Eventually, his eldest son who had been with the community when they evacuated, came back with some companions to bring him safely to Mahayag. There they sought help from their relatives and were allowed to set up temporary shelters on a basketball court.
The mandatory representatives of the indigenous peoples in the government of Bukidnon had told them to return to their homes because they had supposedly settled the situation. “But when some of our companions went to check, they found that our houses had been broken in, our harvested abaca had been thrown, many of our things were destroyed or stolen,” said Datu Mandayhon. They decided to remain in their temporary shelters and at the same time bring their issue to the city where other government institutions and officials might hear of their problem and provide them with better solutions.
“We believe that the Bocalas brothers want to claim the lands in Balaudo and Sitio Kinuaw,” said Lipande. “They have allied themselves with the Dela Mance paramilitary group, claiming that the individuals they killed were members of the New People’s Army.”
The community of the Talaandig in Sitio Balaudo had been living peacefully for decades. Conflicts are easily settled following their traditional processes. “Even encounters between the military and the rebel group do not take place in our community,” Datu Mandayhon said. “We ask both the armed groups to just pass our communities, to camp somewhere else. For a long time now also, we have not trained baganis (traditional warriors) because there had been no reason – our community had not declared a pangayao (tribal war) for decades. This is the first time that our peace is disturbed.”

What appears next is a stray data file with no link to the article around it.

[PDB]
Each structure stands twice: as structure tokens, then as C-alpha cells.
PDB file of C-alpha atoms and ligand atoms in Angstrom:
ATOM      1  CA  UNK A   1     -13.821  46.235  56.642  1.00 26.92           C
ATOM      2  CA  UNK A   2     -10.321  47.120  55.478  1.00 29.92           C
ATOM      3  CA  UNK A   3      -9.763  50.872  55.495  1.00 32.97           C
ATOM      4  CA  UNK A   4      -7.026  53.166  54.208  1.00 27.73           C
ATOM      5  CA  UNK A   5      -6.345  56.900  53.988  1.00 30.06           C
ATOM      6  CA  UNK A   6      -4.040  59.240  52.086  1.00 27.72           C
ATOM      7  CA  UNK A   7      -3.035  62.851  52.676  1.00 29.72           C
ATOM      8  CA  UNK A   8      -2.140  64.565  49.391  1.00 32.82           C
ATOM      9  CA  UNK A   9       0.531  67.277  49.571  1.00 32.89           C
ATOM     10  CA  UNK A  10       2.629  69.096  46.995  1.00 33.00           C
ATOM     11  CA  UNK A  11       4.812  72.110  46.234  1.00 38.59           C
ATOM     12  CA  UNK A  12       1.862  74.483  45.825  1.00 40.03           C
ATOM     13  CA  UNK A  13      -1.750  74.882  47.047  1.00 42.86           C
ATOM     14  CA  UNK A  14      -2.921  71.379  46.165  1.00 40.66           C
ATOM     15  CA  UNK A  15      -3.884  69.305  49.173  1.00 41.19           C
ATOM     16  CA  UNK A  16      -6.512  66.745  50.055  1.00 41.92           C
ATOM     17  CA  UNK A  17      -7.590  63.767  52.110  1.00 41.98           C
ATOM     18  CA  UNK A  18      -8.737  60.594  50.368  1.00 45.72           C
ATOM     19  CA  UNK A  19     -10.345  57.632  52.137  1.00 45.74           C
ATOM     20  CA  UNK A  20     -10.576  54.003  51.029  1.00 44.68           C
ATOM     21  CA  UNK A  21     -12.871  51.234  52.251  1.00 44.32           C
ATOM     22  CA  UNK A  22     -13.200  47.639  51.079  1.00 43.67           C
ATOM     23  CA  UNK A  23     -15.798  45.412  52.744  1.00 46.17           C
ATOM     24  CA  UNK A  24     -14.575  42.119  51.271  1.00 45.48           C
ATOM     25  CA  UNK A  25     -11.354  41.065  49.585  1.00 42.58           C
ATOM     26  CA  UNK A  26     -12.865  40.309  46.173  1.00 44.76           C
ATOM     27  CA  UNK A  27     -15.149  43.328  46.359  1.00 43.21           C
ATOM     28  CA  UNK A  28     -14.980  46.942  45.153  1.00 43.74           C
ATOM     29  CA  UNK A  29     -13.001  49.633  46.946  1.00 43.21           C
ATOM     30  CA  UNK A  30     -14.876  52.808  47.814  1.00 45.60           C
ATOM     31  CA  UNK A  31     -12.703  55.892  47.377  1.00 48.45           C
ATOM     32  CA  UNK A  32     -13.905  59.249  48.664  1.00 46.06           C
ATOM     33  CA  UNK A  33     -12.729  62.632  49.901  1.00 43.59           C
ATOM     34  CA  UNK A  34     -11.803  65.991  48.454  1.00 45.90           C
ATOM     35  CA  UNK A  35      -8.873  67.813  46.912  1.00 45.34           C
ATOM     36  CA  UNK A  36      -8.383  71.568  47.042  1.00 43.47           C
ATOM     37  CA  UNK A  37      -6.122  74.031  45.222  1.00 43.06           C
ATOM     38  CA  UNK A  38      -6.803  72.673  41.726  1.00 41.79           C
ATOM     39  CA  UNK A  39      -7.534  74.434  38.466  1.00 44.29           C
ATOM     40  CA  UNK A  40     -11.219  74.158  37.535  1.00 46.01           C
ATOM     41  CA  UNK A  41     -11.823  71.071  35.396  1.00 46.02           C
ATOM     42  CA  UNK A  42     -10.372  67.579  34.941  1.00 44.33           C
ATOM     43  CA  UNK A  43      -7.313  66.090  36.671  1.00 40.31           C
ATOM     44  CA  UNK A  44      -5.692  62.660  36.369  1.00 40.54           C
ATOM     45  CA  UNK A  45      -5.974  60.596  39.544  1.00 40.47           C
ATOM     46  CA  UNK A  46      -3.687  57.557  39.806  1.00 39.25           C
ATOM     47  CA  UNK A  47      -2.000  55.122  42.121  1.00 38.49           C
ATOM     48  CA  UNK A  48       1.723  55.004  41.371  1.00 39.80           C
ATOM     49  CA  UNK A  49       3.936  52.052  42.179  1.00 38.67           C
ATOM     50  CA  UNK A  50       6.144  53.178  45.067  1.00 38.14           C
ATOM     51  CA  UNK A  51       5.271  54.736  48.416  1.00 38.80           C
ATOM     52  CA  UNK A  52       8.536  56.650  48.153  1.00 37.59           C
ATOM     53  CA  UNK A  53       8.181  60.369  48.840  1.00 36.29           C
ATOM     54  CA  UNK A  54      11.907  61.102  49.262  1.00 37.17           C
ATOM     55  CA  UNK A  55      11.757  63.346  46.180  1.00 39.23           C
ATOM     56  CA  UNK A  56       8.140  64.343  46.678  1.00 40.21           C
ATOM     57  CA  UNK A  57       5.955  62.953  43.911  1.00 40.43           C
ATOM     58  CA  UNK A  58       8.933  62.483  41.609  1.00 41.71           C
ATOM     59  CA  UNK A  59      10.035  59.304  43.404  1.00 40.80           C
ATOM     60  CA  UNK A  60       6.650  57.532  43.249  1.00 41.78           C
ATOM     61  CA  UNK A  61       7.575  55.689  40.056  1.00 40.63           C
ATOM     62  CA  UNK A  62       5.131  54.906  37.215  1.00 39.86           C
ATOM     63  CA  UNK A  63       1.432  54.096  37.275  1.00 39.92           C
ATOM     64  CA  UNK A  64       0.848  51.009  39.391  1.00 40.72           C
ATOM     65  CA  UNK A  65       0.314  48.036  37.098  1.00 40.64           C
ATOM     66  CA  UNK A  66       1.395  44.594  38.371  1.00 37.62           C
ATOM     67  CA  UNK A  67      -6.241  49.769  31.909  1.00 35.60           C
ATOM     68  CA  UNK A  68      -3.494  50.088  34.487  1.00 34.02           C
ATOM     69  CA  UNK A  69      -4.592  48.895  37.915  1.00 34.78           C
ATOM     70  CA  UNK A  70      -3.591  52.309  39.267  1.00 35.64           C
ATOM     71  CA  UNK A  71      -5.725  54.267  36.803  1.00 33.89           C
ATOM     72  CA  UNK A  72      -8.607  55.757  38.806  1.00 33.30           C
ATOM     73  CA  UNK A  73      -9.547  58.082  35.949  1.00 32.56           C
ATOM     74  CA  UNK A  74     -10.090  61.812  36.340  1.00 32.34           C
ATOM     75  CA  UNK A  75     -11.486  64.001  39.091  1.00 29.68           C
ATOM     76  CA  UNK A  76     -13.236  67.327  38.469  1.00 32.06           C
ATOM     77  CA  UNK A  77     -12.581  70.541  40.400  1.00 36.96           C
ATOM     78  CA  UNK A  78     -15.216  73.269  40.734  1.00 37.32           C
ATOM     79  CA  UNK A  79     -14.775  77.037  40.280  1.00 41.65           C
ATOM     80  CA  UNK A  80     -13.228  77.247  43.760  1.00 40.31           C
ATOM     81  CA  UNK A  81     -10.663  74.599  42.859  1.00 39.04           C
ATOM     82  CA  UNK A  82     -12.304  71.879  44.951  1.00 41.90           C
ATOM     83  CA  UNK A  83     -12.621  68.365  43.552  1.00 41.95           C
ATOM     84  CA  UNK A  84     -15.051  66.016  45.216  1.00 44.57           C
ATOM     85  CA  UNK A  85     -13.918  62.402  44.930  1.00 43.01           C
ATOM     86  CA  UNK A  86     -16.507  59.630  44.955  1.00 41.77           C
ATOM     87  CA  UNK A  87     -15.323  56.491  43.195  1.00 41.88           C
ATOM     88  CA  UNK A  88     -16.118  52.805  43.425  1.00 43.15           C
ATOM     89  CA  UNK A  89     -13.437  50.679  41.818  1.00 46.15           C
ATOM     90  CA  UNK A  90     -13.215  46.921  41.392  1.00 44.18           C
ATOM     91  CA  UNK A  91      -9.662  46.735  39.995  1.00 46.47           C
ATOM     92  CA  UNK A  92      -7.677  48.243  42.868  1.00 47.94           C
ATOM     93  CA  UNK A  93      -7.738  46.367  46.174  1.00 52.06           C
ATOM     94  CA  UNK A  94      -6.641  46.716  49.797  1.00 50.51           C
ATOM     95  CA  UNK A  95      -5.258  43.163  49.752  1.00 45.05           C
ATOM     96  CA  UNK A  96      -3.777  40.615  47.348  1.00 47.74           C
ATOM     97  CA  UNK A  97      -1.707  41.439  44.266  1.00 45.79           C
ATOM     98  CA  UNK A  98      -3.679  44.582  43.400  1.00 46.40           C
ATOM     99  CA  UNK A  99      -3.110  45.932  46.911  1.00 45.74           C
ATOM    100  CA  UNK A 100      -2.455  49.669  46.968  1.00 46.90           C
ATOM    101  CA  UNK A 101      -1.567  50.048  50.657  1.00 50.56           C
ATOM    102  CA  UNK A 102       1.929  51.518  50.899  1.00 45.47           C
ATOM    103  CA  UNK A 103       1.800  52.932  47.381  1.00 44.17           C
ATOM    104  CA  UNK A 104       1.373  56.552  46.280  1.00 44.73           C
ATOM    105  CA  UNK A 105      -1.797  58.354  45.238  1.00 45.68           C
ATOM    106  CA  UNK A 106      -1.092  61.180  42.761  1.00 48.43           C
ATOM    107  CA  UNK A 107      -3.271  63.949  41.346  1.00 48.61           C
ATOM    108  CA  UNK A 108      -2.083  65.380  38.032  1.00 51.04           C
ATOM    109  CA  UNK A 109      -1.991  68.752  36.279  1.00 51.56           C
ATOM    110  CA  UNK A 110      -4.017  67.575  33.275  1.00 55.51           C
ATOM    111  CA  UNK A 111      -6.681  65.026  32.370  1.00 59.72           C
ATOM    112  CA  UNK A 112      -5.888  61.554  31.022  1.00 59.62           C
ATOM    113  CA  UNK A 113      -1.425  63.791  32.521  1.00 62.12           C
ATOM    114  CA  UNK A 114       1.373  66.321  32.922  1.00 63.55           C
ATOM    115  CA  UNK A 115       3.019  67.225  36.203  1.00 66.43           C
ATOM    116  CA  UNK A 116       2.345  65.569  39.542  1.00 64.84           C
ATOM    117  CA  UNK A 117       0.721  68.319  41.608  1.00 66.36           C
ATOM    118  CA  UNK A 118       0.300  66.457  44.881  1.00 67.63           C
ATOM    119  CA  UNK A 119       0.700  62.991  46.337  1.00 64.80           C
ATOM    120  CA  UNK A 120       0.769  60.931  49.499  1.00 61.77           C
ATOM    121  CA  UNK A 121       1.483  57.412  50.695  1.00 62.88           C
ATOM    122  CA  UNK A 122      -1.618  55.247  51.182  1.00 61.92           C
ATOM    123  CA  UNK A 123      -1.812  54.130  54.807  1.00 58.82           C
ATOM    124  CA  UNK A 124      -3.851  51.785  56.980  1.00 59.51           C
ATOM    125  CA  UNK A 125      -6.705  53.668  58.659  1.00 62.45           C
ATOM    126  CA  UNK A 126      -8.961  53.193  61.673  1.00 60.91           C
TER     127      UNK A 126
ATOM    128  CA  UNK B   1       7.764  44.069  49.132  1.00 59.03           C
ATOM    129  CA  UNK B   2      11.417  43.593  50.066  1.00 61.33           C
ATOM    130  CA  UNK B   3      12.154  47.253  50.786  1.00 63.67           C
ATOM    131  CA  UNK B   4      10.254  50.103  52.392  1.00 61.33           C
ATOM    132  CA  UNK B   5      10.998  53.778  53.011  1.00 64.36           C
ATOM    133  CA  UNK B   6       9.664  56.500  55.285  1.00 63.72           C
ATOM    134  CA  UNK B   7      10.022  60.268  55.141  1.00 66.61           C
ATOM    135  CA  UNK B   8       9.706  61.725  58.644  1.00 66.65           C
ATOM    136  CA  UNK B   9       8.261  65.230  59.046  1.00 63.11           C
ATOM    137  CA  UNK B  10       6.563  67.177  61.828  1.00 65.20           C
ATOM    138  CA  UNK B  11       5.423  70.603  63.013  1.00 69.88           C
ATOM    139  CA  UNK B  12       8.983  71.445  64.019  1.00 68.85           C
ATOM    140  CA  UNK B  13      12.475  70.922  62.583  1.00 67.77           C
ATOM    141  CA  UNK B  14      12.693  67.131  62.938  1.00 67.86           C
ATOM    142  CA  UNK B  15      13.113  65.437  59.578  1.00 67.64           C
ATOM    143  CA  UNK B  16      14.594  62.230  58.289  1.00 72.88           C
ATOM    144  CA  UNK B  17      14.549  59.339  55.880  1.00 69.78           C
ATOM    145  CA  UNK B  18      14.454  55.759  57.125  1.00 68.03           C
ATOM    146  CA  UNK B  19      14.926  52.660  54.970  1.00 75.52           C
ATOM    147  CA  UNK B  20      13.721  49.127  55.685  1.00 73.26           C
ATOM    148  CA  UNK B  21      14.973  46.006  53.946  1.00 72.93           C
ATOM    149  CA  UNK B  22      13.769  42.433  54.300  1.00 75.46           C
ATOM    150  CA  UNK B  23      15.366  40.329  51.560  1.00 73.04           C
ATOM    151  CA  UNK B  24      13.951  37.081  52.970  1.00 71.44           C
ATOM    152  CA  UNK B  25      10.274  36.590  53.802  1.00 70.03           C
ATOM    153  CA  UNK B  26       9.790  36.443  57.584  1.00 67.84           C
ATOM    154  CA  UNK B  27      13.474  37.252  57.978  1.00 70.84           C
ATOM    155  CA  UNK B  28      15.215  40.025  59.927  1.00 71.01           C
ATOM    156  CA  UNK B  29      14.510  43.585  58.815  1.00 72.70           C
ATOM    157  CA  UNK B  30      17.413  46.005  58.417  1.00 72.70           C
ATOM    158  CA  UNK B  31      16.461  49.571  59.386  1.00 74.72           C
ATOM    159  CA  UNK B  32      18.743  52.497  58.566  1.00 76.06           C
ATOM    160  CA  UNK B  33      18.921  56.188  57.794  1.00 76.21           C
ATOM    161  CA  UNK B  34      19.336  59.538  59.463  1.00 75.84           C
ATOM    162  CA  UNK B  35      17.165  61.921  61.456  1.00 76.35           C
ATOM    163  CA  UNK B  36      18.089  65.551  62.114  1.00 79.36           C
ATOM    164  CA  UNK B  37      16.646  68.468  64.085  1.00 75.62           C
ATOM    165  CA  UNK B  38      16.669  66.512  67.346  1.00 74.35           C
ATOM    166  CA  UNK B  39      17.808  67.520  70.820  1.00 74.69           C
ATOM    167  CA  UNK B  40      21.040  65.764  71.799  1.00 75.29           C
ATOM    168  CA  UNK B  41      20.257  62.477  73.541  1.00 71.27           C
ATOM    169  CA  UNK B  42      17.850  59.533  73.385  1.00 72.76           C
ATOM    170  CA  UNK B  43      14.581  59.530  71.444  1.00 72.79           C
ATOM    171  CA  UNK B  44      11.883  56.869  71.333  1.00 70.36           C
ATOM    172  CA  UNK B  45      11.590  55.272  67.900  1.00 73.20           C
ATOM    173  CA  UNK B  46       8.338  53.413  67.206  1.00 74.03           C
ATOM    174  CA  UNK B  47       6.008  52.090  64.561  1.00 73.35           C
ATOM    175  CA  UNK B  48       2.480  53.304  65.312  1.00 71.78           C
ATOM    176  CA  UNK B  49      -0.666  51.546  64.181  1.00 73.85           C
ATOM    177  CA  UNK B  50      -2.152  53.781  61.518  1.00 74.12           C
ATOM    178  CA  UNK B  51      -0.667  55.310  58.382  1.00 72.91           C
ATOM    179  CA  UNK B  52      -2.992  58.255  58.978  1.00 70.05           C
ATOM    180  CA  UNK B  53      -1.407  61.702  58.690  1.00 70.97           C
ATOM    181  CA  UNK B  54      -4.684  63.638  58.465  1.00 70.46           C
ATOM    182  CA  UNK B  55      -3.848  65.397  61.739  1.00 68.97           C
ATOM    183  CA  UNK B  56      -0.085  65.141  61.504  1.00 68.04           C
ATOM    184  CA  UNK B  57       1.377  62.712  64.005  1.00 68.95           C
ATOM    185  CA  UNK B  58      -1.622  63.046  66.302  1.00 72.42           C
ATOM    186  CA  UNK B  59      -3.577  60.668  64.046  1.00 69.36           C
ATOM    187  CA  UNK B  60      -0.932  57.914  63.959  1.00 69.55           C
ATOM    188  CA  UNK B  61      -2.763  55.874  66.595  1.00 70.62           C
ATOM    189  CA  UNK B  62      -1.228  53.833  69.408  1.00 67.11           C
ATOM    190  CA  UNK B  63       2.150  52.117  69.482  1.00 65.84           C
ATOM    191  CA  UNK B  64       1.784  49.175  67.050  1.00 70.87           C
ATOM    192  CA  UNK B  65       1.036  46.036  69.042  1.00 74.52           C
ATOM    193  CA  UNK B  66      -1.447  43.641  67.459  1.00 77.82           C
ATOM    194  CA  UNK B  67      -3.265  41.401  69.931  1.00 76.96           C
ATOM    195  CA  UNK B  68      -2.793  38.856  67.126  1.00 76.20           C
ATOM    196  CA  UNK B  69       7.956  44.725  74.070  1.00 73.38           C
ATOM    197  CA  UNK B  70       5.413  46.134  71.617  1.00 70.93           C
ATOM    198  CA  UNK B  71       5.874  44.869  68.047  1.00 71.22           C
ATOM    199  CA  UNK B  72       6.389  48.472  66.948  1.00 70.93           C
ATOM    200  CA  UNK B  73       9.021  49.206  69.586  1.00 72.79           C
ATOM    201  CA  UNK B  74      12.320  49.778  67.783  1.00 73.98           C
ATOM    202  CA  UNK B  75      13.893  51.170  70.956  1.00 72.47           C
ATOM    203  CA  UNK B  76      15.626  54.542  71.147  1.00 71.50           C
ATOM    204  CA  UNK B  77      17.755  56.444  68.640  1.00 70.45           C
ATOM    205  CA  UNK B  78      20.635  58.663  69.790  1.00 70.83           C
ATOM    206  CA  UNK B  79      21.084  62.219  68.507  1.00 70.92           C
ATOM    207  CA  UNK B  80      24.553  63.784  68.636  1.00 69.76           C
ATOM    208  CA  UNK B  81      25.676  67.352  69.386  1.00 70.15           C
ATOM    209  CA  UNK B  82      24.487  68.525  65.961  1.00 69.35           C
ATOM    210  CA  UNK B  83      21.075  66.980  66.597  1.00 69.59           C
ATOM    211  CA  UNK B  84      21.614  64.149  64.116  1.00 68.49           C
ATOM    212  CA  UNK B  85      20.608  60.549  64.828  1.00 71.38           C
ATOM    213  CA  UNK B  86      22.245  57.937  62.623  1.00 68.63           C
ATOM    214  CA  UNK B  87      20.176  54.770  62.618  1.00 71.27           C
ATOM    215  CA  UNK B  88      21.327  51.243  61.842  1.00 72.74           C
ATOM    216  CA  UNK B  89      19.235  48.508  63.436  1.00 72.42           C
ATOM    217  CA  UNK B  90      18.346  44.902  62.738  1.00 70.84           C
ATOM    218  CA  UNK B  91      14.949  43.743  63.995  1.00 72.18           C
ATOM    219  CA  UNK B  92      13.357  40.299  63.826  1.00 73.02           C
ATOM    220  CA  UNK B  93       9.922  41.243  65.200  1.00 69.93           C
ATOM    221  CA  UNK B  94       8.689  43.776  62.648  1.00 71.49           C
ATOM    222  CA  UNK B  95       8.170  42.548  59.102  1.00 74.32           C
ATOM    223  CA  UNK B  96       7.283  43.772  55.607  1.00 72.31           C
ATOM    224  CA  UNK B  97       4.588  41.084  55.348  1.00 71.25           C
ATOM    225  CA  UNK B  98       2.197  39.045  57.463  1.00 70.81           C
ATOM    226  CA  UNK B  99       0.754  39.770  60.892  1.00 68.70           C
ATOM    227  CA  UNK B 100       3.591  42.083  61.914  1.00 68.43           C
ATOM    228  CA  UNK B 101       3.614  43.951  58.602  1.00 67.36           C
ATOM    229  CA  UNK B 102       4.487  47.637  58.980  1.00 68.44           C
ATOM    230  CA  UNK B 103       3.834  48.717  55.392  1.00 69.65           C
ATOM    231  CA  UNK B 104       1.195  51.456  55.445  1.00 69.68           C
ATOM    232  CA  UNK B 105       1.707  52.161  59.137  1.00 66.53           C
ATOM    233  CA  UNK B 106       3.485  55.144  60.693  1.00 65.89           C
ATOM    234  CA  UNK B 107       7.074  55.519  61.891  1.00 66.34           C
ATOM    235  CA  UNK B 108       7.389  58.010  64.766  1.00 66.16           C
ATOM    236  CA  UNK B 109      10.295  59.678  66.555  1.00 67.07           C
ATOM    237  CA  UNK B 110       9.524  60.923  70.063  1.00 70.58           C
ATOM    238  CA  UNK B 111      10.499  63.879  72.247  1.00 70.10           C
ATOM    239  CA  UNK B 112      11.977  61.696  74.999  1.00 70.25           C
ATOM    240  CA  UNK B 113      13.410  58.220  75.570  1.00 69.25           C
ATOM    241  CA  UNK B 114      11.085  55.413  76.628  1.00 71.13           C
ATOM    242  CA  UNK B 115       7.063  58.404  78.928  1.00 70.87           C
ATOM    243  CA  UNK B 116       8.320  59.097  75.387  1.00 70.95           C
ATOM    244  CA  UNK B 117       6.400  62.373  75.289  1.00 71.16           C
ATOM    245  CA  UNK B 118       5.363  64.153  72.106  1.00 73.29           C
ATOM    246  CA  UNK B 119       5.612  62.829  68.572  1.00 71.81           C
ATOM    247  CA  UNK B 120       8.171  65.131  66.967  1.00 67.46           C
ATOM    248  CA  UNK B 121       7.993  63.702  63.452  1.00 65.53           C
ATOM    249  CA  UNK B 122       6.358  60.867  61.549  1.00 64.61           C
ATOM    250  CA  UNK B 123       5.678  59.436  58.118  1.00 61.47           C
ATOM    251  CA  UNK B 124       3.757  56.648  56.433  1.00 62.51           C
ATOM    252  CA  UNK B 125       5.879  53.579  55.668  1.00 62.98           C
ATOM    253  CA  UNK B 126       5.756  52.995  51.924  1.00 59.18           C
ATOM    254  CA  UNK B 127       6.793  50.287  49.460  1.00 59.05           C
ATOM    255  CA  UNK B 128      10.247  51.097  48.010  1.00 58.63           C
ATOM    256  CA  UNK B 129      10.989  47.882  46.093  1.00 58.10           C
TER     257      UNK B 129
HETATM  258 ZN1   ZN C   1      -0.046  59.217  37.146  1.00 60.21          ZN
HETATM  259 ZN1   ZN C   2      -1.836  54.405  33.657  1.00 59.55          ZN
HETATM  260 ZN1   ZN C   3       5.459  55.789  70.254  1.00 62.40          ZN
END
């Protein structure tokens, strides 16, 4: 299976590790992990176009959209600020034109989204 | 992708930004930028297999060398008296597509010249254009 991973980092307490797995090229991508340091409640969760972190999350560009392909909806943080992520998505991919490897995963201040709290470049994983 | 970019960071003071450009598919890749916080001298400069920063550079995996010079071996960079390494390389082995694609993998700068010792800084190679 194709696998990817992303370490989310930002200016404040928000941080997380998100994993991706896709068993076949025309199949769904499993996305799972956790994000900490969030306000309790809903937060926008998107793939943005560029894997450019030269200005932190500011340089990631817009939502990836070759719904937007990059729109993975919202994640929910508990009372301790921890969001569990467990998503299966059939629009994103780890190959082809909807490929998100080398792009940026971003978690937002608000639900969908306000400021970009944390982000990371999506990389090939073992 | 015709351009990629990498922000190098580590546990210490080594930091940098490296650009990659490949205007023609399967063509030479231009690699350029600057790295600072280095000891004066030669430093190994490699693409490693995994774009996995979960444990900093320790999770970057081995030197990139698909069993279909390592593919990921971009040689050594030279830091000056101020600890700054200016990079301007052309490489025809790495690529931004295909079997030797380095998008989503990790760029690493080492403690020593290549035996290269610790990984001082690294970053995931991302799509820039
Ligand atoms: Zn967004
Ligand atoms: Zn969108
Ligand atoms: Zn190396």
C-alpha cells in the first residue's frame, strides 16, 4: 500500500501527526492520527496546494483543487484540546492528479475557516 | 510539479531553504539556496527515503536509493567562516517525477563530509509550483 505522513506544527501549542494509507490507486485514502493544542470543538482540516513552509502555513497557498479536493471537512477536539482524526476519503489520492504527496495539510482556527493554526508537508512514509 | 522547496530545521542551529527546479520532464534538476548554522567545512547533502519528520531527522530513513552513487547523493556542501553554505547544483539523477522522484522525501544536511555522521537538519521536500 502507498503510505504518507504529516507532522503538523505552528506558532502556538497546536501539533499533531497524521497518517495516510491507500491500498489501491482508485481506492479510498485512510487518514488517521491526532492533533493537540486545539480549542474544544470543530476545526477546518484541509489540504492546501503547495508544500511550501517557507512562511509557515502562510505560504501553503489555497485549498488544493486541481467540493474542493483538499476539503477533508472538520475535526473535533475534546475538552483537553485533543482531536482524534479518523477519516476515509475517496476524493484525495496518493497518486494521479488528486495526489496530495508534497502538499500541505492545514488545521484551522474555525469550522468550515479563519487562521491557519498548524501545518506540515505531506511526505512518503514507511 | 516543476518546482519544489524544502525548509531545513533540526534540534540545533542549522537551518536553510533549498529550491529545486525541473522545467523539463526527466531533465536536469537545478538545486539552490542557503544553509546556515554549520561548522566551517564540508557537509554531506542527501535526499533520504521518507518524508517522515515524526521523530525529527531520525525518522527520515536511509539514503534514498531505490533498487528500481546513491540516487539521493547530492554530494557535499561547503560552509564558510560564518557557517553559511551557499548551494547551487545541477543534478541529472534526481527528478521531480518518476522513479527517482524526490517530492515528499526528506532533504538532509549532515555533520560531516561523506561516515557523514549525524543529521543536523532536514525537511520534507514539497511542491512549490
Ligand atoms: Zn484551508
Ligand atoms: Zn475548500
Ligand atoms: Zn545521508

Very far from the city centers, their community is reached by at least a day’s worth of walking from the farthest sitio a motorcycle can reach. “We all farm to feed ourselves,” said Datu Mandayhon. “We do not sell them because we are too far that our products would rot on the way to the market.”
Without external influences, they have relatively intact traditions. They perform the rituals that accompany the growing of their crops. They give offerings to the owners of the land, the waters, and everything around them. For the Talaandig community, the land is their source of life, but they only borrow the land from the gods that have blessed them and their forefathers. And to continue receiving their blessings, they have to be one with the land – nurturing it, protecting it.
“We do not have any papers for our ancestral lands,” said Datu Mandayhon. “We have not applied for these. We have been there for generations. My forefathers had been living on these lands. It will be there for my grandchildren and the future generations.”
The feet of Datu Mandayhon are flat, more sure-footed on rocks and mud when bare. He does not need protection from the land that has nurtured him and given him and his community their life.
[Datu Mandayhon is the tribal chieftain of the 70 Talaandig families of Balaudo and Kinuaw in St. Peter, Malaybalay, Bukidnon. He is now in the city to bring into the attention of the urban populace the violence they have suffered from the hands of a bandit group currently affiliated with the notorious paramilitary band Alamara. Want to know more about their plight? Organize a forum in your schools, churches, and wherever possible. Contact the ‘Higala sa Lumad’ Network at email@example.com]